“Equiano and his sister were kidnapped by two men and one woman. They were home alone that day because their parents were working out in the fields. The attackers jumped over the wall and instantly taped the kids’ mouths and ran off into the woods.
“He first saw the slave ship and convinced himself that he had gotten ‘into a world of bad spirits’.
“He was surprised when he saw an American because he had never seen one before. He saw people getting whipped and smelled the rotten filth that was present in the ship.”
Some people might be familiar with this account of slave capture by Olaudah Equiano, kidnapped at the height of the Atlantic slave trade from what is now known as Nigeria and sold off as a slave in the Americas or what was then known as the New World.
Maybe the one good thing about this experience was that Equiano survived and was freed. He then not only supported the fight against slavery but also wrote a book recording the horrors of one of humanity’s worst abuses.
The practise of slavery was subsequently abolished – in 1865 in the United States of America. The United Kingdom had passed the Slavery Abolition Act around 32 years earlier, in 1833.
Today we don’t talk about slavery much. We’d like to think this inhumane barbaric abuse no longer exists and if it does the people who practice it are likely viewed as uncivilised beings.
Enter Iraq over the past few years and Libya this year.
In the country ruled since the late 1960s by Muammar Gaddafi slavery has been revived.
The late Libyan leader was a champion of a United States of Africa and there can no doubt that he would not ever have approved of this heinous activity.
African men and women who leave their own countries trying to get to Europe use Libya as the main gateway out of north Africa.
Thousands of them drown in the Mediterranean each year. It has now transpired that others do not reach their desired destinations for a variety of reasons.
Some are prevented from entering Europe illegally and detained in camps.
And now we have learnt that a number of these desperate men and women refugees are being sold off as slaves in Libya by callous people who are capitalising on their plight to make a quick buck.
Slaves are said to be sold for amounts ranging from $400 (about R5200).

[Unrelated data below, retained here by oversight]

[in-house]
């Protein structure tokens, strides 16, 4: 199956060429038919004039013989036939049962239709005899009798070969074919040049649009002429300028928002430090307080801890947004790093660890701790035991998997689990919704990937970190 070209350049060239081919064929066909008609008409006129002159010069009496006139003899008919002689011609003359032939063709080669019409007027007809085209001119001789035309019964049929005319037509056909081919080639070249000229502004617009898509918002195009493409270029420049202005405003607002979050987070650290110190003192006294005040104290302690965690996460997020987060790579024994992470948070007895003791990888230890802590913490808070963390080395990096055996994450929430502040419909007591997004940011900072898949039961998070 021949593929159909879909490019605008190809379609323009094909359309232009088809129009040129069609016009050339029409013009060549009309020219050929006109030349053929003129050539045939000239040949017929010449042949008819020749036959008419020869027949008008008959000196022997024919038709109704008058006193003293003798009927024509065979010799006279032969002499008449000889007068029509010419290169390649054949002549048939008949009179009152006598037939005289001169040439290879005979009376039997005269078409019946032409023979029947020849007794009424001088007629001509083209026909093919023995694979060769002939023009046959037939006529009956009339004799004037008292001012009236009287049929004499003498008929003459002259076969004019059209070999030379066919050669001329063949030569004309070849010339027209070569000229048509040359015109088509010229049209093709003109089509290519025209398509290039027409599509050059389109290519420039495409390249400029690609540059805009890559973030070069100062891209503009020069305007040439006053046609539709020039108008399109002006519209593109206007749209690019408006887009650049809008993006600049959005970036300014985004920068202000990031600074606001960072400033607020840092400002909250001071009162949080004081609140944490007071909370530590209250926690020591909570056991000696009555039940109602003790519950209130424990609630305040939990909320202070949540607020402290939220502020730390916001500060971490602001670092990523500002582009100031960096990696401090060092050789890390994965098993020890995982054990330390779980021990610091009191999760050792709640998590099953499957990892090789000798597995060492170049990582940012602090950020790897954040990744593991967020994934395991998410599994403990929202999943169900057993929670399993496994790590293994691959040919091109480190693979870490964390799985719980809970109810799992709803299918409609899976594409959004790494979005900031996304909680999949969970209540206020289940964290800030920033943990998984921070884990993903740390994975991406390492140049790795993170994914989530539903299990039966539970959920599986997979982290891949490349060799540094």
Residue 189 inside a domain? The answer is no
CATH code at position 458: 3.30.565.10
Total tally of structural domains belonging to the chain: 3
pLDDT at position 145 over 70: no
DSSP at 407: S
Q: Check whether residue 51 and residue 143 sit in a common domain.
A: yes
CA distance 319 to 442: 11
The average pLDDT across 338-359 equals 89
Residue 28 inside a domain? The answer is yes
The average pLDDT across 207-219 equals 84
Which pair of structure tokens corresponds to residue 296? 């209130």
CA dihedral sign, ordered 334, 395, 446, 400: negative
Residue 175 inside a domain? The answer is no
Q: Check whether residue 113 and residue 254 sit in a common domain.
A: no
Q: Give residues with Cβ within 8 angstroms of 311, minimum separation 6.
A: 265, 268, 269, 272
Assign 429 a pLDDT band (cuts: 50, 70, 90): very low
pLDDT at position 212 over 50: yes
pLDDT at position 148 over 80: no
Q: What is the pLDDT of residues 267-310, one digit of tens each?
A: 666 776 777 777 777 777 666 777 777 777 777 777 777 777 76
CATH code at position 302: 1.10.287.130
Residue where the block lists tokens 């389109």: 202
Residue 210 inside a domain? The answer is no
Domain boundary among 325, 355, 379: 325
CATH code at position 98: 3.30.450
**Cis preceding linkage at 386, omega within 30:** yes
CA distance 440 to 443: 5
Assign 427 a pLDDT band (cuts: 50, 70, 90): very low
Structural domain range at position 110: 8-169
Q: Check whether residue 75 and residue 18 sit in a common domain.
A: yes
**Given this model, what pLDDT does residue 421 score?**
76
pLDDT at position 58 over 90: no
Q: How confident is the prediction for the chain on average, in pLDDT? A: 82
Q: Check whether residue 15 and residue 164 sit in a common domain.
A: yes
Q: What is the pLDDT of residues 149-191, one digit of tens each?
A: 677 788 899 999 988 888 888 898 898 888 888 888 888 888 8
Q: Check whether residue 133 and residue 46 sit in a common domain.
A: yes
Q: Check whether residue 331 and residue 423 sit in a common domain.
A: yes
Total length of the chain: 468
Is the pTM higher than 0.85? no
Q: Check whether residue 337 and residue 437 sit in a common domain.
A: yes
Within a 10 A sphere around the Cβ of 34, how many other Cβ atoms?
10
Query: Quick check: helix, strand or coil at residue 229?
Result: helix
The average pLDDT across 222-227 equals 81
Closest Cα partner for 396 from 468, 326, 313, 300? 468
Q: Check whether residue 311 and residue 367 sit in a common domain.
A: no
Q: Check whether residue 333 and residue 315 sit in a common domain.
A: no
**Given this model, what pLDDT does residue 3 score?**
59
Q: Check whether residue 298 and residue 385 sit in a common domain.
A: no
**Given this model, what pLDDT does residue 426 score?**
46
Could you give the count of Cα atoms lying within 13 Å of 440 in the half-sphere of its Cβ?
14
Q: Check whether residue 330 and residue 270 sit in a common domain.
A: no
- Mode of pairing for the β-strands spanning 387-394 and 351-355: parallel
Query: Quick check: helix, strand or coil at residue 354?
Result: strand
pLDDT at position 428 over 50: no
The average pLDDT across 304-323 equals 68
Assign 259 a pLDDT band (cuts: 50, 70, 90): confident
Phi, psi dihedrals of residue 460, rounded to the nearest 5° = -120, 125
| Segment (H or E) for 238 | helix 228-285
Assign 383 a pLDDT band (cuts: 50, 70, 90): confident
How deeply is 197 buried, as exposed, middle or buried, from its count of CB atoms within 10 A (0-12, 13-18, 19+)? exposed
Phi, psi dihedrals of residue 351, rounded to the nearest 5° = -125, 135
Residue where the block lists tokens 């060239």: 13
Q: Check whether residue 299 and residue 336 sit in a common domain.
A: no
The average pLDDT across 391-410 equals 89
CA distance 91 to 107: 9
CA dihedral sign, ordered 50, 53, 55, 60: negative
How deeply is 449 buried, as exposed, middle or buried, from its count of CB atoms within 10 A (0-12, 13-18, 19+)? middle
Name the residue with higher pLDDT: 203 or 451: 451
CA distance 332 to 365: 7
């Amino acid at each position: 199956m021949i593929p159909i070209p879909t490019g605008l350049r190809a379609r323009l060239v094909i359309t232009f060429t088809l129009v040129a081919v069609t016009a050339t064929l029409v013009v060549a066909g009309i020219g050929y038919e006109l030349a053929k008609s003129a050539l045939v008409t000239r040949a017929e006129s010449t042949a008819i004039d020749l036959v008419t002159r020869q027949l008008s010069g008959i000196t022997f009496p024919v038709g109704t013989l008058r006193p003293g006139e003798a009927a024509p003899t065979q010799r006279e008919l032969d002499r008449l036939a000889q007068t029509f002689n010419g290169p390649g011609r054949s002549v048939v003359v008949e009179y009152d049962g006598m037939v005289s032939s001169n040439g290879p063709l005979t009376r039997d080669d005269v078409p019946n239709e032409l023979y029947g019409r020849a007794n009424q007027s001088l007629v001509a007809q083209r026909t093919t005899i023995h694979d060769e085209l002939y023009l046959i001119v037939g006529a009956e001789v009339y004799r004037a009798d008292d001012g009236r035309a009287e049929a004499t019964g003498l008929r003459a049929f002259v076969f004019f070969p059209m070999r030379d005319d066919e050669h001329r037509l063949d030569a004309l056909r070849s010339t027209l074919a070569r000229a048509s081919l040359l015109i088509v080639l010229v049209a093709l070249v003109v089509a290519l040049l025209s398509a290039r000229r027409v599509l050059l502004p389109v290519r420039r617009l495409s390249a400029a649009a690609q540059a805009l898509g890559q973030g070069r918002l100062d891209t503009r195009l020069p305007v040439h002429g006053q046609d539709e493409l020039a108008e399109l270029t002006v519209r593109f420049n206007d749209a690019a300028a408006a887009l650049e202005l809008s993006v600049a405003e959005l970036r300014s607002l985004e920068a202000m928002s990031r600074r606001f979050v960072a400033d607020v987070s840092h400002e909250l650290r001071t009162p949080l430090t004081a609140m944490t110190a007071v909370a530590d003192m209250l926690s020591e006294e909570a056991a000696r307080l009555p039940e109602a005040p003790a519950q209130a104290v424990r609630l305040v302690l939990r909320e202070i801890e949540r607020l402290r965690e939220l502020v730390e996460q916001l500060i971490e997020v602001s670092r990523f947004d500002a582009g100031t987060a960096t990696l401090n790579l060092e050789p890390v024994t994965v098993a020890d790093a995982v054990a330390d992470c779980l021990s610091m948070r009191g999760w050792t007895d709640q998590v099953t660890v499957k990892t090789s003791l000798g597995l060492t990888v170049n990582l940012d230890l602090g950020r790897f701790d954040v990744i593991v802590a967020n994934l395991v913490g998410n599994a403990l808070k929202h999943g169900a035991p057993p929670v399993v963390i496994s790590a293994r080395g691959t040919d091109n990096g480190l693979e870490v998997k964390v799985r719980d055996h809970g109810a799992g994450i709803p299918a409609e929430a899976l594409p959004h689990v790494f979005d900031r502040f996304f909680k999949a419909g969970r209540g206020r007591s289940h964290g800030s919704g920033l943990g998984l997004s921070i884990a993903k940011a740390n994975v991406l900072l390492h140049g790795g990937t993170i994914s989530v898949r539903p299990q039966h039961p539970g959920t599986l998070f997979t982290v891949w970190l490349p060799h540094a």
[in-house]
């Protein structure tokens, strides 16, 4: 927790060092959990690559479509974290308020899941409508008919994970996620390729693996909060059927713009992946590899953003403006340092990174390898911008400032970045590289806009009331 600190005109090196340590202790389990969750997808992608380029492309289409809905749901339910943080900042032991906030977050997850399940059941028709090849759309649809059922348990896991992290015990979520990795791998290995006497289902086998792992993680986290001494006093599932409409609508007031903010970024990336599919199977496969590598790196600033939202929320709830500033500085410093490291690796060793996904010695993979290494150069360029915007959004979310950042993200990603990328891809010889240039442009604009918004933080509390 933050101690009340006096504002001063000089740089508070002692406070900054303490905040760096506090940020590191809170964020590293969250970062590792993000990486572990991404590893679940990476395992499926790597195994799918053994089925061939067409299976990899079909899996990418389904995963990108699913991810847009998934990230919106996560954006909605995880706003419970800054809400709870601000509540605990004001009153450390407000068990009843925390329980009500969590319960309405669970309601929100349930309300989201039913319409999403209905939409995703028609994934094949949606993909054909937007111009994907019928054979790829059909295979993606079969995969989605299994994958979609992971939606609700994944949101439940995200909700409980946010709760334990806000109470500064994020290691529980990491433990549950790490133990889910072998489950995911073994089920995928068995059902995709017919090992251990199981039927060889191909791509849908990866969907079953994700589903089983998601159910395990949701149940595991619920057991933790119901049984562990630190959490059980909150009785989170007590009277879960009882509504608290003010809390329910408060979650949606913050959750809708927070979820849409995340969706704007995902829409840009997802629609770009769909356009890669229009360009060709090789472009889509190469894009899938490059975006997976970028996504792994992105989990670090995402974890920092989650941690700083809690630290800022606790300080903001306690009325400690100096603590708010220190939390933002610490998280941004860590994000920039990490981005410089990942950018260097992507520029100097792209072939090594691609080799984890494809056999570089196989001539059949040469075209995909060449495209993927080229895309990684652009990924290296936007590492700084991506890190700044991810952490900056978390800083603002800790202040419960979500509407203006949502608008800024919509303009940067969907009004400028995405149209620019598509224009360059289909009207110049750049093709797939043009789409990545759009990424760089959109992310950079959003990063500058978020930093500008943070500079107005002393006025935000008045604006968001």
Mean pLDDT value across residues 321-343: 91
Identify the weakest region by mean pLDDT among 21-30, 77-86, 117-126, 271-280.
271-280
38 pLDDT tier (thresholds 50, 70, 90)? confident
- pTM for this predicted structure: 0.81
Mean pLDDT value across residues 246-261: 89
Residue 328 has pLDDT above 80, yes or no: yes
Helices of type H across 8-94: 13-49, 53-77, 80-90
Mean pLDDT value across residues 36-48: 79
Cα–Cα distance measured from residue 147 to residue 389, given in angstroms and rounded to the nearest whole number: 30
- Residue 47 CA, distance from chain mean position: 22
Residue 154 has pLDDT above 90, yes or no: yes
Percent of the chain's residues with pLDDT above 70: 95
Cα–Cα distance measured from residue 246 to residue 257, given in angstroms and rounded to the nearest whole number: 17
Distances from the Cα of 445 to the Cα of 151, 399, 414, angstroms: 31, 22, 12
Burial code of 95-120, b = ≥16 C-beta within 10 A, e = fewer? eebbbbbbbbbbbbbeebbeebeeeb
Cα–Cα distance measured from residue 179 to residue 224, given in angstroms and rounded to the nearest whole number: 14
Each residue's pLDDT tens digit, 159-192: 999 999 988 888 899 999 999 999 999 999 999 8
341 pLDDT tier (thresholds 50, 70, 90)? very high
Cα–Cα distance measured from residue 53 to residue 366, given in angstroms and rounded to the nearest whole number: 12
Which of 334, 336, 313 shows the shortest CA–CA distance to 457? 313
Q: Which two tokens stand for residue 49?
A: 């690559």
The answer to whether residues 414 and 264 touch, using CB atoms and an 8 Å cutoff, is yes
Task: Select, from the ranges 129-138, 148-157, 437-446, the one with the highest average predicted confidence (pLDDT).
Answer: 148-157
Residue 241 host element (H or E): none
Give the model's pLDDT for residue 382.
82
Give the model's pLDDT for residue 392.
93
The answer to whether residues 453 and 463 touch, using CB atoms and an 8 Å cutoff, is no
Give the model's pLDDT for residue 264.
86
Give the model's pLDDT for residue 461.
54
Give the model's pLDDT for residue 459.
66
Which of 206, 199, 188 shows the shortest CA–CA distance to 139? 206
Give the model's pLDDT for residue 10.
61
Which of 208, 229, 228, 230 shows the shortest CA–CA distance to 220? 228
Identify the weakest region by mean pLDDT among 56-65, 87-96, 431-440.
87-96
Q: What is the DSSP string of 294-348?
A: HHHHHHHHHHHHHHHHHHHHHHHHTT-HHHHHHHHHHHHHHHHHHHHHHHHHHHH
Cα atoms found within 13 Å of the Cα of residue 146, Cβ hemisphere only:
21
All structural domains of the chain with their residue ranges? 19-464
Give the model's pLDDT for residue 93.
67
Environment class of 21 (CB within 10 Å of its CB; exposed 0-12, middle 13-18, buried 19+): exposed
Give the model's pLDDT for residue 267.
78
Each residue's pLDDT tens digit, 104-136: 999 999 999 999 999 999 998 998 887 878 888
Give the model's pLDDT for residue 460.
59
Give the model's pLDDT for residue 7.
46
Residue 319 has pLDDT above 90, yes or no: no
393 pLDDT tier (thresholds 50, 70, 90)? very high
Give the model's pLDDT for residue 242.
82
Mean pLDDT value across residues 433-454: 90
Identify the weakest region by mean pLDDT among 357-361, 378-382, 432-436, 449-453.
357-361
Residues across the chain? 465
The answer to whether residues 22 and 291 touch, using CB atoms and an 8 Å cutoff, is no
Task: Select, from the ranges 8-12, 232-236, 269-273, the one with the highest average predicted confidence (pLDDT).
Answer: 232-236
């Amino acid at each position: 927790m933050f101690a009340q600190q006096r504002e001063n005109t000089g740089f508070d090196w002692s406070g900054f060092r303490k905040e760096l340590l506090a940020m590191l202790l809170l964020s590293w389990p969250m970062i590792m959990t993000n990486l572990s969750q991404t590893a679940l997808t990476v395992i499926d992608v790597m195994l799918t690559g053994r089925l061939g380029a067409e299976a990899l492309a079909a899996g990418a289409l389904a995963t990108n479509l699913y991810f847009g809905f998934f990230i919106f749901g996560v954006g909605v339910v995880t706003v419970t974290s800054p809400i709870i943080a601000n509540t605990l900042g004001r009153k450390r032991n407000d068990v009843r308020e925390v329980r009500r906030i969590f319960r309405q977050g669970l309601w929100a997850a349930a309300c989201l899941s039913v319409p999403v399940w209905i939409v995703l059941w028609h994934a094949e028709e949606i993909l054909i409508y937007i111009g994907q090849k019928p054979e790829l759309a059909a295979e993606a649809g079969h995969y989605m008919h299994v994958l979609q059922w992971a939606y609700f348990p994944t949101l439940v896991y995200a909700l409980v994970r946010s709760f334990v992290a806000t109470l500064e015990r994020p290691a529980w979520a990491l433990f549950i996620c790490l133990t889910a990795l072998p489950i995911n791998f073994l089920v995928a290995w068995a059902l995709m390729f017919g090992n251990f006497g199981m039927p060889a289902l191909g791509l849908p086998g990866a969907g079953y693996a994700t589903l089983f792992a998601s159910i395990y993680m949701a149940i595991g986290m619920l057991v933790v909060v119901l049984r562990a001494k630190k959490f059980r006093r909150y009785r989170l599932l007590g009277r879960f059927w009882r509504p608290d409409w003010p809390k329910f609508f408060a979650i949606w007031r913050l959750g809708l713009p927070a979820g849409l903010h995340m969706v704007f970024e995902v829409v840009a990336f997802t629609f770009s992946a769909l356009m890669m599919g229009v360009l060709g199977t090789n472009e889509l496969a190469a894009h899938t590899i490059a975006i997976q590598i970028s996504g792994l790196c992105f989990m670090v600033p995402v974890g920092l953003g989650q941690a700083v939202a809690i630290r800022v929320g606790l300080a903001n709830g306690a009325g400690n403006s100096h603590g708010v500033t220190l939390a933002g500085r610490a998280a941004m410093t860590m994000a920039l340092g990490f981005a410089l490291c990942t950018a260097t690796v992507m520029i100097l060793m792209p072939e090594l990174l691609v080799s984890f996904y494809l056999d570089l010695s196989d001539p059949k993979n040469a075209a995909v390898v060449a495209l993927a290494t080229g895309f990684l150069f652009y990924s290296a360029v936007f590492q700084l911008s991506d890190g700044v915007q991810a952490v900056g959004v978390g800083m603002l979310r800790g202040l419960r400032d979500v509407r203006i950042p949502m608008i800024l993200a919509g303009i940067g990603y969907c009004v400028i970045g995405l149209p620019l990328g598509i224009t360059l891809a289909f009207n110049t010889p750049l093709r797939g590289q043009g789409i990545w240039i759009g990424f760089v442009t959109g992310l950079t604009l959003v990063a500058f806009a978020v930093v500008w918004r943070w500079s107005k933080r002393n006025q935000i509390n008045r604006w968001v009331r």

Just thinking about what is involved in reducing a human being to a commodity and selling them off should be a horrendous and difficult exercise for anyone in the 21st century.
Even worse when the victim is completely vulnerable, very often a refugee, fleeing war or grinding poverty or a host of other such circumstances.
There are many such factors which induce people to try to vacate their countries in Africa for “greener pastures” over in Europe.
At this point we need to be honest enough as Africans to acknowledge that some of these problems have been caused by rapacious leaders who cling to power long beyond acceptable terms of office and ruin economies through poor policies or governance.
I have observed that blame is also being apportioned to Nato and the previous Obama administration which invaded Libya and deposed Gaddafi.
There is certainly substance to the notion that the immense instability and splintering of the country that followed the removal of Gaddafi allowed a vacuum to open into which the Islamic State stepped, and extremist terror then surged in the region.
The current administration in Libya has had its hands full trying to deal with Isis and other rough groupings which have taken control of different parts of the country.
I would concur that Nato and the US in particular – who, according to the late Madiba, arrogated to themselves the right to be the policeman of the world – have to take some responsibility for creating conditions that gave rise to such great instability in Libya.
At the same time, also of concern is the apparent silence from the Arab League in the face of this shocking violation of basic human rights.
At the very least one would expect them to issue a statement of condemnation. So far I have heard nothing from this organisation of which Libya is also a member.
Only the EU has thus far condemned the practice of modern-day slavery.
I want to round off by imagining what Aime Cesaire, the Francophone poet might have said had he still been alive:
When I switch on my television, and I see images of African brothers and sisters being ill-treated in Libya, I say that we have been lied to – slavery is not dead
When I turn on my radio, when I hear news that African migrants have been insulted, mistreated and persecuted, I say that we have been lied to – slavery is not dead
And when, finally, I look at social media and see gory pictures of African brothers manhandled, chained and brutally beaten, I say that most certainly we have been lied to – slavery is not dead.
Let modern slavery stop. It must stop.